FIG. 12 depicts an increase in AP1 activation in fructose-treated cells in accordance with an embodiment of the present invention. MCF-7 breast cancer cells were incubated in 2 mM glucose, or 5 mM glucose or fructose for 24 h, after which nuclear extracts were incubated with a biotinylated AP-1 probe in binding buffer. AP-1/AP1 probe complexes were next conjugated to a streptavidin-coated assay plate and detected using an AP-1 specific antibody, followed by binding of a horseradish-peroxidase conjugated secondary antibody, and detection by a colorimetric reagent. *, p<0.001.

FIG. 13 depicts higher proliferation rates in pancreatic cancer cells in fructose (5.5 mM) than glucose (5.5 mM) containing medium in accordance with an embodiment of the present invention. PANC-1 cells were pre-incubated in 2 mM glucose, after which they were plated in 5.5 mM fructose or glucose for times between 12-72 h, after which proliferative rates were measured using an MTS assay. Proliferative rates are expressed as the percentage difference between cells grown in 5.5 mM fructose versus 5.5 mM glucose. p<0.01 for times>48 h.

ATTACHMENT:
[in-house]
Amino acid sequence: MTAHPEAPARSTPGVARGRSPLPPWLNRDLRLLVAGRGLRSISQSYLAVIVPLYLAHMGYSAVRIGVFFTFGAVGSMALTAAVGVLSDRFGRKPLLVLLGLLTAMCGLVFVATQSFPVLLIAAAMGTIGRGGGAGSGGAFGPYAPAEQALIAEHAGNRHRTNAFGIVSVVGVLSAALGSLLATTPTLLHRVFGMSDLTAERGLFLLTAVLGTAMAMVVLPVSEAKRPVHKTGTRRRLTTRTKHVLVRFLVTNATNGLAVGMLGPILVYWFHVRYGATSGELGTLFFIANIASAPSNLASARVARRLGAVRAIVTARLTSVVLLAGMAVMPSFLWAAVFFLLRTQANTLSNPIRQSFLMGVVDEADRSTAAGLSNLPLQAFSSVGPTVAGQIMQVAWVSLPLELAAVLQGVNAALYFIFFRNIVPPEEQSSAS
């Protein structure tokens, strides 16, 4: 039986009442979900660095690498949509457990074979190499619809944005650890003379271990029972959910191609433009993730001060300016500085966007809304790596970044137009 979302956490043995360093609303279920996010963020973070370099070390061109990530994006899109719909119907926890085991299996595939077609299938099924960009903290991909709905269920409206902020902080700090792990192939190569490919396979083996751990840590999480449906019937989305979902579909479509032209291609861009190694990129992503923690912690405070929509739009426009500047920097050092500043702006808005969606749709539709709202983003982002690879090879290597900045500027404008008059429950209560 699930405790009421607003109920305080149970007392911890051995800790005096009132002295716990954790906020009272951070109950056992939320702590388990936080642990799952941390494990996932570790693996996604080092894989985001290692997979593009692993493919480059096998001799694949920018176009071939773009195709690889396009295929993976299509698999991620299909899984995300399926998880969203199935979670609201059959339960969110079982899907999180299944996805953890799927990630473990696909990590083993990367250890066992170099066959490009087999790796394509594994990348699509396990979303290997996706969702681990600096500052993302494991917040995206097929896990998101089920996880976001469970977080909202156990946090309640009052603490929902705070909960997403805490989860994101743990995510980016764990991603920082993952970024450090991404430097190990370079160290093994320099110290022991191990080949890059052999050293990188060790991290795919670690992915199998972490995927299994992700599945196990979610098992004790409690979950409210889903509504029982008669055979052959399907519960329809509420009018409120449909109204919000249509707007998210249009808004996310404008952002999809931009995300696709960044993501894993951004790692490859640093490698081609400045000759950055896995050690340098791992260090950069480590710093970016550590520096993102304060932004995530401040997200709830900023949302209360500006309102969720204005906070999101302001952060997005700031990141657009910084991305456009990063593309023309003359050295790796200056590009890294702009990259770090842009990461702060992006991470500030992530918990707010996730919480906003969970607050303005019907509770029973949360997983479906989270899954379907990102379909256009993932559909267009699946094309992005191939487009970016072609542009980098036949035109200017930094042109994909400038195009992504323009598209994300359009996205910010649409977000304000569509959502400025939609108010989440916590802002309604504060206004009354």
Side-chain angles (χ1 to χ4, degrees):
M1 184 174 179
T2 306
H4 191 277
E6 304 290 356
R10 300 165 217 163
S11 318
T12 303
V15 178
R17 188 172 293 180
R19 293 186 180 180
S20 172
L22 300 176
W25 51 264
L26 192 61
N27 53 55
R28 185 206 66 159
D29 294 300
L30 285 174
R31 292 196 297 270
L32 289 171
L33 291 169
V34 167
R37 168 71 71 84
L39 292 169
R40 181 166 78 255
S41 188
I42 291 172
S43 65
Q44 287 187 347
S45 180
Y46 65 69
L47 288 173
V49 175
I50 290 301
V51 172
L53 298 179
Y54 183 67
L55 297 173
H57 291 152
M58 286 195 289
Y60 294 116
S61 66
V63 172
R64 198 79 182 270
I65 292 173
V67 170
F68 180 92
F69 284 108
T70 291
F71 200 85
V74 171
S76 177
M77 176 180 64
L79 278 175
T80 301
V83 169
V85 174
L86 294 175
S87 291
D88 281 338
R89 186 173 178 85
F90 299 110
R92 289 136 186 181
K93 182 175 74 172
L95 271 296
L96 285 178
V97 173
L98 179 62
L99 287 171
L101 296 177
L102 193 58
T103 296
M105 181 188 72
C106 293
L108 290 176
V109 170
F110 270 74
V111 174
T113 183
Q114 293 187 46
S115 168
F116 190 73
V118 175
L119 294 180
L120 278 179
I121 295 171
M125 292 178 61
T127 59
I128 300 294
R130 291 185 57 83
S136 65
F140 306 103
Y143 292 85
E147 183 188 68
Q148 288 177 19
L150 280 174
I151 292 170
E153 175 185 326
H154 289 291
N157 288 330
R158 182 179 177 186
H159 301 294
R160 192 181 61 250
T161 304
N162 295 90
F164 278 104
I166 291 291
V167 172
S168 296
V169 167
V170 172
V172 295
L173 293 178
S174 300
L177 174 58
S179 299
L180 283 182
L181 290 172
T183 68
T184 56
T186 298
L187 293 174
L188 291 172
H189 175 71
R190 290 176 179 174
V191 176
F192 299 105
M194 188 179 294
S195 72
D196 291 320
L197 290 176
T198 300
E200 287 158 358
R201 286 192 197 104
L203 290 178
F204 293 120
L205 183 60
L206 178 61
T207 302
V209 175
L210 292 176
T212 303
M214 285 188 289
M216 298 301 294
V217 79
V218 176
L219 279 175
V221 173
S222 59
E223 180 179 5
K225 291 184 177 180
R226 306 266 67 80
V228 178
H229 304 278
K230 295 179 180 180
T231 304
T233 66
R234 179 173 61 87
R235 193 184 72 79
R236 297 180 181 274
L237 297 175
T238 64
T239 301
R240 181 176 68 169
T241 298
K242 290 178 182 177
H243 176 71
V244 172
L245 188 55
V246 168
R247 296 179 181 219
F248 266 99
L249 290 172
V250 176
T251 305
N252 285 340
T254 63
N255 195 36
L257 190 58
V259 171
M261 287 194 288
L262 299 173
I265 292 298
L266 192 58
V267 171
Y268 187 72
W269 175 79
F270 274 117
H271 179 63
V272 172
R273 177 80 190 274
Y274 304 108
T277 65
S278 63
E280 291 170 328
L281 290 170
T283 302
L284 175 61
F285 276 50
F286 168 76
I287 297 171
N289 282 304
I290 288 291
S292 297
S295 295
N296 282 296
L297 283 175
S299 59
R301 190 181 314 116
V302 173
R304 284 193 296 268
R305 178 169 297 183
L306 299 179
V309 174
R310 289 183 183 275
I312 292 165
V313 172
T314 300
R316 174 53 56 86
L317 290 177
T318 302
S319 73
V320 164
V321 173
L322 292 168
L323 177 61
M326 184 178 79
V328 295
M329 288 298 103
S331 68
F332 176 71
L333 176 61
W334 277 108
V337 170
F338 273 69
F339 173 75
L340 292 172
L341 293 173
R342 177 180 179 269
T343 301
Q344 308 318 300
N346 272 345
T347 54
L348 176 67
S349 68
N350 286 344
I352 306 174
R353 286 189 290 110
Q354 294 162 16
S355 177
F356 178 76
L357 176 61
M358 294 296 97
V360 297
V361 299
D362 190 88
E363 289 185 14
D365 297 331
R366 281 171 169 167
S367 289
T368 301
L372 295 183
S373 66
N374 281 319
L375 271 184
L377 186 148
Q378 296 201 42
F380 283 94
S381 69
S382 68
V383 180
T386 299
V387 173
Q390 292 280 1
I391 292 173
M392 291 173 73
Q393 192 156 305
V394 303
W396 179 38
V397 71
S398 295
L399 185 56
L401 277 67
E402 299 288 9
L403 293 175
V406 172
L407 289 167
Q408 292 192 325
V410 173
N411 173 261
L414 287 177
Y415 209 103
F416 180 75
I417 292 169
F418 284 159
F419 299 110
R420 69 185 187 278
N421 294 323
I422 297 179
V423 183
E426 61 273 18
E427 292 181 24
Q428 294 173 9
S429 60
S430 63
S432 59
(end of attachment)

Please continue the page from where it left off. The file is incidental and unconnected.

FIG. 14 depicts proliferation rates of pancreatic cells in different fructose or glucose concentrations in accordance with an embodiment of the present invention. PANC-1 cells were plated in a range of fructose or glucose concentrations (5-25 mM) for 72 h, after which proliferative rates were measured using an MTS assay. *, p<0.05 for concentrations between 5-25 mM fructose versus glucose.

FIG. 15 depicts in the G0/G1 phase and the DNA synthesis (S) phase of pancreatic cells in glucose and fructose in accordance with an embodiment of the present invention. PANC-1 cells were plated in 2, and 5.5 mM glucose or 5.5 mM fructose for 48 h, after which cells were fixed in methanol, nuclei were stained with propidium iodide, and aliquots subjected to FACS analyzes.

FIG. 16 depicts BRDU uptake following treatment with glucose or fructose in accordance with an embodiment of the present invention. PANC-1 cells were pre-incubated in 2 mM glucose prior to treatment with 5.5 mM glucose or fructose for 72 h. BRDU (0.01 mg/ml) was added to the medium at 48 h, and BRDU-uptake quantified at 72 h.